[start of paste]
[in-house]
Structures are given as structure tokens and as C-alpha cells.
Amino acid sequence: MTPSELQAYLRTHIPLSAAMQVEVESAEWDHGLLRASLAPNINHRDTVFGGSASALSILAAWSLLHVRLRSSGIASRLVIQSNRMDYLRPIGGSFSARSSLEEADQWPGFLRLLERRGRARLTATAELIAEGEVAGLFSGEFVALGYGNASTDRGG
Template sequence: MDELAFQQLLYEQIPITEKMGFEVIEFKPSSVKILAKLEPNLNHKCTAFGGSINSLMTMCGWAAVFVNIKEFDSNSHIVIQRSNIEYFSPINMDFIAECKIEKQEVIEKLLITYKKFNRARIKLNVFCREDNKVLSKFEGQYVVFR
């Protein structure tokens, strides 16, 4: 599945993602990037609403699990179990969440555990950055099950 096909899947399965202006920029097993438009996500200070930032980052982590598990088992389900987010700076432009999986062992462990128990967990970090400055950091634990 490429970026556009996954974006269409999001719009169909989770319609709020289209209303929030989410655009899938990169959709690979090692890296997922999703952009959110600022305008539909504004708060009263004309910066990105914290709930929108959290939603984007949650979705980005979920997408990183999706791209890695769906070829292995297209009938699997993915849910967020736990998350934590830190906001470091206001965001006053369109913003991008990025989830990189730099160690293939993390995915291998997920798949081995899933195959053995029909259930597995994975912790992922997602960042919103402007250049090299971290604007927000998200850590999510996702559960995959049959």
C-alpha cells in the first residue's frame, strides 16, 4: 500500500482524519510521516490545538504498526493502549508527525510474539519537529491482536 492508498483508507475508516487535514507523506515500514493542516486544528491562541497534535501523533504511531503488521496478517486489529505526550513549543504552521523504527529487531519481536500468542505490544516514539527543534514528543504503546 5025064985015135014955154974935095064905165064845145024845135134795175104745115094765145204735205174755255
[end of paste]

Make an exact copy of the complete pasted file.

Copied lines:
[in-house]
Structures are given as structure tokens and as C-alpha cells.
Amino acid sequence: MTPSELQAYLRTHIPLSAAMQVEVESAEWDHGLLRASLAPNINHRDTVFGGSASALSILAAWSLLHVRLRSSGIASRLVIQSNRMDYLRPIGGSFSARSSLEEADQWPGFLRLLERRGRARLTATAELIAEGEVAGLFSGEFVALGYGNASTDRGG
Template sequence: MDELAFQQLLYEQIPITEKMGFEVIEFKPSSVKILAKLEPNLNHKCTAFGGSINSLMTMCGWAAVFVNIKEFDSNSHIVIQRSNIEYFSPINMDFIAECKIEKQEVIEKLLITYKKFNRARIKLNVFCREDNKVLSKFEGQYVVFR
């Protein structure tokens, strides 16, 4: 599945993602990037609403699990179990969440555990950055099950 096909899947399965202006920029097993438009996500200070930032980052982590598990088992389900987010700076432009999986062992462990128990967990970090400055950091634990 490429970026556009996954974006269409999001719009169909989770319609709020289209209303929030989410655009899938990169959709690979090692890296997922999703952009959110600022305008539909504004708060009263004309910066990105914290709930929108959290939603984007949650979705980005979920997408990183999706791209890695769906070829292995297209009938699997993915849910967020736990998350934590830190906001470091206001965001006053369109913003991008990025989830990189730099160690293939993390995915291998997920798949081995899933195959053995029909259930597995994975912790992922997602960042919103402007250049090299971290604007927000998200850590999510996702559960995959049959």
C-alpha cells in the first residue's frame, strides 16, 4: 500500500482524519510521516490545538504498526493502549508527525510474539519537529491482536 492508498483508507475508516487535514507523506515500514493542516486544528491562541497534535501523533504511531503488521496478517486489529505526550513549543504552521523504527529487531519481536500468542505490544516514539527543534514528543504503546 5025064985015135014955154974935095064905165064845145024845135134795175104745115094765145204735205174755255